Friday, September 21, 2018

Mapping Meteorite Strikes

Displayr have been busy mapping where meteorites fall. They have created a number of mapped visualizations of NASA's Meteorite Landings database. The database contains information on all known meteorite landings. The Displayer maps however only contain information on the 1,107 meteorites that were recorded as they fell.

In What Are Your Chances of Being Hit by a Meteorite Displayr unveils a number of reporting biases which make it difficult to determine where in the world you are most likely to be hit by a meteorite. Their interactive maps show that more meteorites are spotted in areas with a high population density. In other words the number of people in an area looking at the sky can effect how many meteorites are seen.

Displayr have also discovered a reporting bias in favor of larger meteorites. After mapping the size of meteorites Displayr discovered that larger meteorites are much more likely to be seen than smaller meteorites. And - if you are worried about being hit by a meteorite - you will be happy to learn that you have more chance of being killed by lightning or a tornado.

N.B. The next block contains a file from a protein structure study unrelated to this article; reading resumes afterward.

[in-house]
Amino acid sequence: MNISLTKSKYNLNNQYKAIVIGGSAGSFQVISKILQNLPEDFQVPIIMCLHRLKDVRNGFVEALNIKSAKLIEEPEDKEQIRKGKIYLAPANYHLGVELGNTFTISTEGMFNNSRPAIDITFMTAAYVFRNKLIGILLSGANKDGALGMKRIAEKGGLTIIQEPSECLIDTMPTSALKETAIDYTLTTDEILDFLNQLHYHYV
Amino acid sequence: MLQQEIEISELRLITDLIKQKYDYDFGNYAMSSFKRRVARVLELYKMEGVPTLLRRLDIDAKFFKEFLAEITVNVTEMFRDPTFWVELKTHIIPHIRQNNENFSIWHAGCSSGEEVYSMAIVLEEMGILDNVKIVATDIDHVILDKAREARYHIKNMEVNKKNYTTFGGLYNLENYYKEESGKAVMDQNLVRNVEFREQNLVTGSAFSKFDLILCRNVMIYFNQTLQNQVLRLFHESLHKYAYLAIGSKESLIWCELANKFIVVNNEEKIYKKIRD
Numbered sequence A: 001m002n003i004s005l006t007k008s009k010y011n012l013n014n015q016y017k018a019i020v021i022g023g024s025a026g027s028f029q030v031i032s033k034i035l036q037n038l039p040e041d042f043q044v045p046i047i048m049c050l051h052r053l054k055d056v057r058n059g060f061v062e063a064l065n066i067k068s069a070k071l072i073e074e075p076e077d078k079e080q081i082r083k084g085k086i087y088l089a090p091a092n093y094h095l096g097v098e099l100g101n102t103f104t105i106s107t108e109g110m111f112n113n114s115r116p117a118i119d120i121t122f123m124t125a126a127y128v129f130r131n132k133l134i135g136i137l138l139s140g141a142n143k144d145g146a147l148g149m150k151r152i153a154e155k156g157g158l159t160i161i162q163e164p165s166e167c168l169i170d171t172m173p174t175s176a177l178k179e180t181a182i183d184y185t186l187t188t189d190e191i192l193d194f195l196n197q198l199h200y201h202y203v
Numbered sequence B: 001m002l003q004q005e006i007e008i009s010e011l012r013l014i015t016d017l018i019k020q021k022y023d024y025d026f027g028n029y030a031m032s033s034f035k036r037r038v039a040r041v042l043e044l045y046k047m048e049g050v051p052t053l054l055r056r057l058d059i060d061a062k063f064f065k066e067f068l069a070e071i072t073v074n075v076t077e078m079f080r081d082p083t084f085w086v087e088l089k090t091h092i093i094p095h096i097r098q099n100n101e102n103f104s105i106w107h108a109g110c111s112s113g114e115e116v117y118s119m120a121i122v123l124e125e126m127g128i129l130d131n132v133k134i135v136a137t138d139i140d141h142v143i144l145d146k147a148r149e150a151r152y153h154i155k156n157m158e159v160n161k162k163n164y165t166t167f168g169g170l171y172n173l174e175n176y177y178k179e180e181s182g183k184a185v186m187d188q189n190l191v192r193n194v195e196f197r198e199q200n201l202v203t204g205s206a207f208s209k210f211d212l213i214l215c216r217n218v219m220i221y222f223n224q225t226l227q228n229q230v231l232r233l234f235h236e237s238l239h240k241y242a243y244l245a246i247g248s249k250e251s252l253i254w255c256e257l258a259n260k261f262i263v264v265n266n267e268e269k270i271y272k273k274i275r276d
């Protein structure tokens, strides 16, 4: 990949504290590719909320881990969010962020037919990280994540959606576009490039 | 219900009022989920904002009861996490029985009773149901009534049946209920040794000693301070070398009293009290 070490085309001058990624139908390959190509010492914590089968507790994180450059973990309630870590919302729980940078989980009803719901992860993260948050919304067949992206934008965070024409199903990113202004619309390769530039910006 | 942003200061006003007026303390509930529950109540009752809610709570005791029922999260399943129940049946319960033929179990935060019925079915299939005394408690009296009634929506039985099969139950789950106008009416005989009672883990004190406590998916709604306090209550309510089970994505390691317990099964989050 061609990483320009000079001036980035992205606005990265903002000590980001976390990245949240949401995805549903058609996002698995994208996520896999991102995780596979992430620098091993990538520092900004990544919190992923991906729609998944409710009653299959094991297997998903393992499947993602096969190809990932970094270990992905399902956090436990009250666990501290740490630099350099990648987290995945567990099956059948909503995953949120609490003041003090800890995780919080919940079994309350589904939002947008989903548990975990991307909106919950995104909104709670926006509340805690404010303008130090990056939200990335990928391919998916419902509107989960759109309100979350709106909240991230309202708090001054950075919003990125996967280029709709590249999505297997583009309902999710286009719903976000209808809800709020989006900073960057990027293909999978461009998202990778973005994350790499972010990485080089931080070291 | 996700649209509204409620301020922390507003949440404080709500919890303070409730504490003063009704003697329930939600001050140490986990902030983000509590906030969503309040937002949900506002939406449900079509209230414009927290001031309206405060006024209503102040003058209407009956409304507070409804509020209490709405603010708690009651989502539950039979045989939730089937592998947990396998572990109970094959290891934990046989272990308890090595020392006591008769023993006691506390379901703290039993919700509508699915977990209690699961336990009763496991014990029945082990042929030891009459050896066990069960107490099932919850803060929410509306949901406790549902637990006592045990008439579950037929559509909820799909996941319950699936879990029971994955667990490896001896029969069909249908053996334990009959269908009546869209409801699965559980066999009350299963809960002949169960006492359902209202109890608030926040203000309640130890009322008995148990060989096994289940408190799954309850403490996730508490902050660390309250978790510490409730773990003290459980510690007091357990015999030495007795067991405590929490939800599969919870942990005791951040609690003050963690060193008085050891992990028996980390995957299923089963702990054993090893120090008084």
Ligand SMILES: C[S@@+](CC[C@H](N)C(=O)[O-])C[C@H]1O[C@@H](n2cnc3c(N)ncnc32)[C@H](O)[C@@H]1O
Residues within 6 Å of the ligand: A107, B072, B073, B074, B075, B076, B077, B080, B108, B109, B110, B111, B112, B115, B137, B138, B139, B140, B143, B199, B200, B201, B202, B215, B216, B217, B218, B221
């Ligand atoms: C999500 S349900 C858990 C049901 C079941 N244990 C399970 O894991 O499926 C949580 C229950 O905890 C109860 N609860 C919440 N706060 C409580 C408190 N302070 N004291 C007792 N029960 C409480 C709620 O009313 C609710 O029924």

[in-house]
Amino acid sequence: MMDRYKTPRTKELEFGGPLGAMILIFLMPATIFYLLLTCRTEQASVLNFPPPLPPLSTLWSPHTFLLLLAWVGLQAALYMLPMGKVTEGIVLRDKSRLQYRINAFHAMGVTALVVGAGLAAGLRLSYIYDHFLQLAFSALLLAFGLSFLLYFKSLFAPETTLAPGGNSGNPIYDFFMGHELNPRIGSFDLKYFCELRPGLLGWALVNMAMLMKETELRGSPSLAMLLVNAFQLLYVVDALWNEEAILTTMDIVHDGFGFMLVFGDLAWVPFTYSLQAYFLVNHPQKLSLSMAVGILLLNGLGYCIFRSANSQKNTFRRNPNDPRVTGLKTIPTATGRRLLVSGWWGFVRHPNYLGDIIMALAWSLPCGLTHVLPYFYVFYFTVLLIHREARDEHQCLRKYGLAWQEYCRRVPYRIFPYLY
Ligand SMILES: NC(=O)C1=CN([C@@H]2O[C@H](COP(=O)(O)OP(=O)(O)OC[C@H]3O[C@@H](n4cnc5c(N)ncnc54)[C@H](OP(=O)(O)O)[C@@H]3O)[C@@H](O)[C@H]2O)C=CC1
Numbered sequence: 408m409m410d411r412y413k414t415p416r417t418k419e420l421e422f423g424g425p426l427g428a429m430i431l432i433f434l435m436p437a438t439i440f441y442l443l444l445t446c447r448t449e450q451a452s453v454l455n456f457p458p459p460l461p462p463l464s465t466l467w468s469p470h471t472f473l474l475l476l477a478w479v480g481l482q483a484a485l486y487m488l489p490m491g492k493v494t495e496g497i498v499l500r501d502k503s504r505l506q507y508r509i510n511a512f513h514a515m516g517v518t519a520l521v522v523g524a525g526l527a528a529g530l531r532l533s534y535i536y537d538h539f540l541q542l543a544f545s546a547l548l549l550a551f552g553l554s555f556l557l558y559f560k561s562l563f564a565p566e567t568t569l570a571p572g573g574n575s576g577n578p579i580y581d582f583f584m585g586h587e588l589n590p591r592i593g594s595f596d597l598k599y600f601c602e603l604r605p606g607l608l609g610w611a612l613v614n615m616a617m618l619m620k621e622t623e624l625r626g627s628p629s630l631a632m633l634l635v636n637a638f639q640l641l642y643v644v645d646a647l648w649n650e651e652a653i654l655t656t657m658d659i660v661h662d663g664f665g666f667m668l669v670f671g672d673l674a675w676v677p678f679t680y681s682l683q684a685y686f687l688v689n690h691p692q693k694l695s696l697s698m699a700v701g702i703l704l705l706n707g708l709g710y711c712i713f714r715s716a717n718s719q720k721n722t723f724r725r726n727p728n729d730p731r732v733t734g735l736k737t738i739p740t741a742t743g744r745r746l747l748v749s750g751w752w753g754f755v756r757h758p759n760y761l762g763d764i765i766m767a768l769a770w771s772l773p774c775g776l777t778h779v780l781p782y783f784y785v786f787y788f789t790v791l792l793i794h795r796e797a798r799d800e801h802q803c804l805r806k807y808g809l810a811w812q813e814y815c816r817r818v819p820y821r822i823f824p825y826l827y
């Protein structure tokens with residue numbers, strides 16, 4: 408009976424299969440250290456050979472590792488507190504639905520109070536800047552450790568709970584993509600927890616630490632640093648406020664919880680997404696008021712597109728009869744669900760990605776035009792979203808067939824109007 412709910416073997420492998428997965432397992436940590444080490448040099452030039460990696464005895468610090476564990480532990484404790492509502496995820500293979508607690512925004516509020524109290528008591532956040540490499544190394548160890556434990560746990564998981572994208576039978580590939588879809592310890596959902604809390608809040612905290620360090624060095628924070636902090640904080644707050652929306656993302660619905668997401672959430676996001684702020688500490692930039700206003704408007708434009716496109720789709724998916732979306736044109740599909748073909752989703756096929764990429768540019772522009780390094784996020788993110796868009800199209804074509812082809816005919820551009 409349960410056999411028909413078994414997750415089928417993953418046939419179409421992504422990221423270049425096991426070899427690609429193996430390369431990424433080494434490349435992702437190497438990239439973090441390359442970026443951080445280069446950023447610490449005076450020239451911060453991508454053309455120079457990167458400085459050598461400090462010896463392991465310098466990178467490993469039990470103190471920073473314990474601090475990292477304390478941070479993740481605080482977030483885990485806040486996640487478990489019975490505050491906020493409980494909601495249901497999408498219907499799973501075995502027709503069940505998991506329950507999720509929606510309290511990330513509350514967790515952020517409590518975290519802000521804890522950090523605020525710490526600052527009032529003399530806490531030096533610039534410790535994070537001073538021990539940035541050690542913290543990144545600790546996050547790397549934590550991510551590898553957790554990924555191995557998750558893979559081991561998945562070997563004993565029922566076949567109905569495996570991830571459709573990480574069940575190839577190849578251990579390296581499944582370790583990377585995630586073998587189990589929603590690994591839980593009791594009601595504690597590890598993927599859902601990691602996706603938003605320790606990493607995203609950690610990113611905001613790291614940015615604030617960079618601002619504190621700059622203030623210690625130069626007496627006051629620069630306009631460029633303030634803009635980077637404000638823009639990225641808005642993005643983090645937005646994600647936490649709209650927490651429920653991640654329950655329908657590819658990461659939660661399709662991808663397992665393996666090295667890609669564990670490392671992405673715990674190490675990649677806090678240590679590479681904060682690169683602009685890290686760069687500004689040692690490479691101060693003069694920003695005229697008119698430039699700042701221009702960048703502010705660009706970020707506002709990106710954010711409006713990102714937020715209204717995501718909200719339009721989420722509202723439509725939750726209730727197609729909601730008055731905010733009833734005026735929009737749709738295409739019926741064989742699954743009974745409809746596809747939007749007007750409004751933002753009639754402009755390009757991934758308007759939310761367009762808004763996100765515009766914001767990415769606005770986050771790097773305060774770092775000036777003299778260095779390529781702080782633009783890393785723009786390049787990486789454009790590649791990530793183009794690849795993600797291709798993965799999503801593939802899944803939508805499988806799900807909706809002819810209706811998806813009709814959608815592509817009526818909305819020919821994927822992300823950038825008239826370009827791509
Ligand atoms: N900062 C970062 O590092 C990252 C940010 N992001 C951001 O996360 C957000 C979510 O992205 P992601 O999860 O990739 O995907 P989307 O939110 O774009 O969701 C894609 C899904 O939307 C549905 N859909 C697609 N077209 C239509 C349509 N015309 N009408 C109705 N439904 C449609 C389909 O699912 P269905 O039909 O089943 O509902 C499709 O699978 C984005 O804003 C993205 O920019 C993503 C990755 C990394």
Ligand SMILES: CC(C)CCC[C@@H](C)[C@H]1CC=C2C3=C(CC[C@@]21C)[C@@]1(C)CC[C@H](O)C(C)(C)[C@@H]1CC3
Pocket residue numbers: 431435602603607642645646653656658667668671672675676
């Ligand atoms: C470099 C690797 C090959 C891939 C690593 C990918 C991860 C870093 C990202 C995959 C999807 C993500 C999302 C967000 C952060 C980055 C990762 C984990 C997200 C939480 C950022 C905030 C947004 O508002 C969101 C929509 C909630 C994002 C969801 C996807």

You can view a more dramatic mapped visualization of meteorite strikes on the Visualizing Meteorites across Spatial & Temporal Attributes interactive globe. This WebGL globe shows meteorite collisions with the Earth by decade.

You can select to view a decade using the timeline at the top of the page. The mass of each meteorite is represented by the size of the cylindrical projection and the color of the projection indicates the meteorite type.
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